Monday, March 31, 2014

REAL Progressives Demand that the U.S. Come Clean on Drone Killings

Rep. Adam Schiff
Rep. Walter Jones
[UPDATE April 2, 2014: Reps. Adam Schiff (D-CA) and Walter Jones (R-NC) have now submitted a bill calling for drone transparency. See Natasha Lennard, "New Bill Aims for Drone Transparency," and Thomas Earnest, "Representatives Schiff and Jones Introduce Bill to Increase Transparency in U.S. Drone Program." 

[See also Joint Statement in Support of The Targeted Lethal Force Transparency Act by Amnesty International, Arab American Institute, Center for Civilians in Conflict, Center for Constitutional Rights, Friends Committee on National Legislation, Global Justice Clinic, NYU School of Law, Human Rights First, Human Rights Watch, National Security Network, Open Society Policy Center, Peace Action West, Reprieve, and Win Without War.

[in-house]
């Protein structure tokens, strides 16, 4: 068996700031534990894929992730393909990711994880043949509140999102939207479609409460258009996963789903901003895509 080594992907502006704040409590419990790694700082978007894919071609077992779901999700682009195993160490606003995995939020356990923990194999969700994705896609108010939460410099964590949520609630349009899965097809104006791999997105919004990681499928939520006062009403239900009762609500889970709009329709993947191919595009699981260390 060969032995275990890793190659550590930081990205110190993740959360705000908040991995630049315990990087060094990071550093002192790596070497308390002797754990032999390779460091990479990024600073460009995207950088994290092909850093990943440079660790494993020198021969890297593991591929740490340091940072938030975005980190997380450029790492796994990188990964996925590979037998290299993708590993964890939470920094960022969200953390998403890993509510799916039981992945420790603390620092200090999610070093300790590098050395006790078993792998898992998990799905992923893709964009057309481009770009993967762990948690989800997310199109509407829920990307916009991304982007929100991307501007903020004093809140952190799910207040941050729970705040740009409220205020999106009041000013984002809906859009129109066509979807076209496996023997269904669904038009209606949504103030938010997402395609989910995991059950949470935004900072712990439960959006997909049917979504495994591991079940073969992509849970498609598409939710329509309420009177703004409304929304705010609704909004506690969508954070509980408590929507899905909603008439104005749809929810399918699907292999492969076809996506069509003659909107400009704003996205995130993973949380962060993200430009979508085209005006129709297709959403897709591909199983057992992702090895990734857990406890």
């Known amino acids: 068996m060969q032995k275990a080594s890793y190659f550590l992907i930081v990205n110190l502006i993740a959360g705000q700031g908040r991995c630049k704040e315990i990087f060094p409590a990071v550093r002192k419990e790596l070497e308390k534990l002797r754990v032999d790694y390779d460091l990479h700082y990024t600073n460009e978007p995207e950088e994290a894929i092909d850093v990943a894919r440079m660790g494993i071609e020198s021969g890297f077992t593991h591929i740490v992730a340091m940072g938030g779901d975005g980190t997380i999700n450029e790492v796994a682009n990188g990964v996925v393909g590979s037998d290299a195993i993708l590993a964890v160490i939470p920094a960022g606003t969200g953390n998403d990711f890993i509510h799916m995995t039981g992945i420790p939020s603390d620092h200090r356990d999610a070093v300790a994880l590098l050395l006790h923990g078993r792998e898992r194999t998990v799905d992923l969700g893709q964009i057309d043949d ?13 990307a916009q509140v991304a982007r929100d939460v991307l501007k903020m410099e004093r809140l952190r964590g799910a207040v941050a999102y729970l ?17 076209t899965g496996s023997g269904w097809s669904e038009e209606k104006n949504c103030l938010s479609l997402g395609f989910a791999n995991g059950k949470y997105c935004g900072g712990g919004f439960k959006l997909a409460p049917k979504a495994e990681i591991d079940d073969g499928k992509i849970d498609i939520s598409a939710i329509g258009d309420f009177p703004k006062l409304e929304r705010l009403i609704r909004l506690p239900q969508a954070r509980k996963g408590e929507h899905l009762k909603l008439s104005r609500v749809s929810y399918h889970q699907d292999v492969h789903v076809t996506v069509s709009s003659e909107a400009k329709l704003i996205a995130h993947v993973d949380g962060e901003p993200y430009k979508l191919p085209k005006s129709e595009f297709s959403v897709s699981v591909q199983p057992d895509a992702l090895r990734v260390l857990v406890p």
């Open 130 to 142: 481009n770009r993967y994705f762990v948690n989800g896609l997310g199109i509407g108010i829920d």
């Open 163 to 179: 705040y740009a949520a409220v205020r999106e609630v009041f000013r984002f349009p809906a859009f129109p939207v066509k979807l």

[SEE: hub page for all Resources to SUPPORT the "Come Clean on Drone Killings" Act (Schiff/Jones HR 4372: the Targeted Lethal Force Transparency Act)]


Reps. Raúl M. Grijalva (D-Ariz.) and Keith Ellison (D-Minn.)
Reps. Raúl M. Grijalva (D-Ariz.) and Keith Ellison (D-Minn.) have called the U.S. on the carpet for dodging the call from the international community to come clean about its drone killings.

Now it's time for all 62 other members of the Congressional Progressive Caucus to step up to the plate.

Grijalva and Ellison's initiative creates an opportunity for all of us to demand of our progressive representatives that they, too, take a stand. It's a simple yes-or-no, no-ifs-ands-or-buts question: